TORONTO -- R.A. Dickey's tenure in Toronto officially came to an end Thursday morning after he agreed to a one-year, $7.5 million deal with the Braves.
The contract includes an $8 million club option or a $500,000 buyout for 2018. The Blue Jays did not make an offer, which hardly comes as a surprise considering the team has five starting pitchers under contract next year.
Dickey's stint with the Blue Jays lasted four seasons. After winning the 2012 National League Cy Young Award, he joined the club amidst lofty expectations in a trade that sent catcher Travis d'Arnaud and right-hander Noah Syndergaard to the Mets.
At the time of the December 2012 deal, Dickey was supposed to be the final piece on a team with expectations of making the postseason. The move didn't really work out as Dickey and Toronto struggled during their first season together and fell well short of the playoffs.
Things got better in the following years as the Blue Jays made the postseason in 2015 and again in '16. Dickey made a pair of postseason starts during the '15 run, but he was left off the roster this year and did not pitch much down the stretch as Toronto went with a rotation of Aaron Sanchez, Marco Estrada, J.A. Happ, Marcus Stroman and Francisco Liriano.
"That's one of the reasons this organization is going to be really good and OK," Dickey said the end of the year. "Even with me leaving and possibly other guys leaving, the pitching is intact, and we were the best pitching staff in the AL. So there should be a lot of hope for Toronto fans. It's going to be a good pitching staff. Good pitching wins."
Toronto's strength in the rotation also might be the club's biggest asset. Estrada, Happ and Liriano will combine to make approximately $41 million next season while Stroman is a bargain as a first-year arbitration player and Sanchez is still making close to the league minimum because of service time. The cost certainty and value will allow GM Ross Atkins to focus on filling the holes on the rest of the roster.
If the Blue Jays are going to contend again next season, the rotation will need to be a strength. The good news is that on paper things look solid following a season in which Toronto starters led the AL with a 3.64 ERA, 995 1/3 innings and a 1.22 WHIP. Remove Dickey, but add in a full year from Liriano and, if healthy, this staff should be in good shape.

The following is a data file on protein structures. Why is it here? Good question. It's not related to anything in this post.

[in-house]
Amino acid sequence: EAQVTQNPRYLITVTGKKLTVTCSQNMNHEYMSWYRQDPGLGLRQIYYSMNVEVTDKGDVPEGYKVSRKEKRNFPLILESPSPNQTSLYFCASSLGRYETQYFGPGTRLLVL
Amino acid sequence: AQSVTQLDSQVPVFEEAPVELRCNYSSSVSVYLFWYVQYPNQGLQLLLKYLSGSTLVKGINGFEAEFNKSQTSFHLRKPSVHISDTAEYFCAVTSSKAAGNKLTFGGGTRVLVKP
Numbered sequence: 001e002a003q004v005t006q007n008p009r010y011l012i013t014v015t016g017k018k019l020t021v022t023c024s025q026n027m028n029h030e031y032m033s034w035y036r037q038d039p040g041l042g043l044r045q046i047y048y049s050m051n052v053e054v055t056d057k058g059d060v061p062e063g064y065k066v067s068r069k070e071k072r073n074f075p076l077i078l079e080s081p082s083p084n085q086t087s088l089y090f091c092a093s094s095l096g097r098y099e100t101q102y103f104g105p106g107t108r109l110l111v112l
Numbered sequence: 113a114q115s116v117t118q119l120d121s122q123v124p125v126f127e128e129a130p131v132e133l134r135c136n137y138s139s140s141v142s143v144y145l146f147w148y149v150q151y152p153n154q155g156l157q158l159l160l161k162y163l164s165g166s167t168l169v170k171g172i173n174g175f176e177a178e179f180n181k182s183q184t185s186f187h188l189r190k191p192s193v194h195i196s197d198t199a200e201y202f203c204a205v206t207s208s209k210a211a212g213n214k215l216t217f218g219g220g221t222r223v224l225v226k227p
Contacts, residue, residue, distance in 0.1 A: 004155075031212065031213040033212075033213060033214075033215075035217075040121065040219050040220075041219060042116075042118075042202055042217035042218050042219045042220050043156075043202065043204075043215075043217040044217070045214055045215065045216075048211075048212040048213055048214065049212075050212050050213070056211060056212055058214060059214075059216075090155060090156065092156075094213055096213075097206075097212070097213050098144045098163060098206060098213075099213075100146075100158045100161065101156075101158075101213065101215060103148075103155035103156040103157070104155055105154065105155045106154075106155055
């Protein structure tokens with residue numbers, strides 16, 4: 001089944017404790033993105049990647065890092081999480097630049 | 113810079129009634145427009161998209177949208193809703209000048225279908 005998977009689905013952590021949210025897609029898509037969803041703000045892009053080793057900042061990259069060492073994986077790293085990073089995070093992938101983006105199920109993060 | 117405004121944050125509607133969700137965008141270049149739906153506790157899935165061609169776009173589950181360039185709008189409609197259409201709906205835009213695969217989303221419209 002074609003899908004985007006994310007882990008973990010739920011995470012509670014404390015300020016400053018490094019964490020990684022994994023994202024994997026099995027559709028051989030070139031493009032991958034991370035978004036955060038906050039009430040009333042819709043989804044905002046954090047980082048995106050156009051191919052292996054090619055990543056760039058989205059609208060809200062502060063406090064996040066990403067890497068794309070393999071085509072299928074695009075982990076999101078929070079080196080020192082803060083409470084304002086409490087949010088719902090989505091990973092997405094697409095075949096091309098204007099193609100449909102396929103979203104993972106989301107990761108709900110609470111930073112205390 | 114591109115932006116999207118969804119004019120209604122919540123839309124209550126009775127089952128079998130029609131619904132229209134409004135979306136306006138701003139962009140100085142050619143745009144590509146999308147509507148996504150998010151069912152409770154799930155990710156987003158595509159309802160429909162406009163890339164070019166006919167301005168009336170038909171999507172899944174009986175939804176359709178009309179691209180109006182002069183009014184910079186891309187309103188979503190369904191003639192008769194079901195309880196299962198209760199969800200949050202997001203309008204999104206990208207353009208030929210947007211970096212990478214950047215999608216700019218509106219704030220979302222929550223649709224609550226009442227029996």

"The adage is it's about pitching, right?" Dickey said. "Really, I'm the only starter that's leaving. There's a great group coming back and they're only going to grow on their experiences and successes this year. I see no reason why this team can't be competitive for a while, because the pitching staff is so good."
Dickey finished his time in Toronto with a 49-52 record and a 4.05 ERA. He was heavily criticized, but often underappreciated for his ability to remain healthy and eat up a lot of innings. Dickey surpassed the 200-inning threshold during each of his first three seasons with the Blue Jays and had a shot to get there again in 2016 before he was removed from the rotation.
Toronto will need to add some starting depth this offseason, but it would be a surprise if the club makes any major additions or subtractions to its staff. The Blue Jays have their five starters under contract and will likely look to fill out some of the depth by signing additional pitchers to Minor League contracts.
Dickey's departure also could mean the end of the line for Josh Thole in Toronto. Thole was Dickey's primary catcher and he's eligible for arbitration this offseason, but he could also become a non-tender candidate now that Dickey is no longer around.
Gregor Chisholm has covered the Blue Jays for MLB.com since 2011. Follow him on Twitter @gregorMLB and Facebook, and listen to his podcast. This story was not subject to the approval of Major League Baseball or its clubs.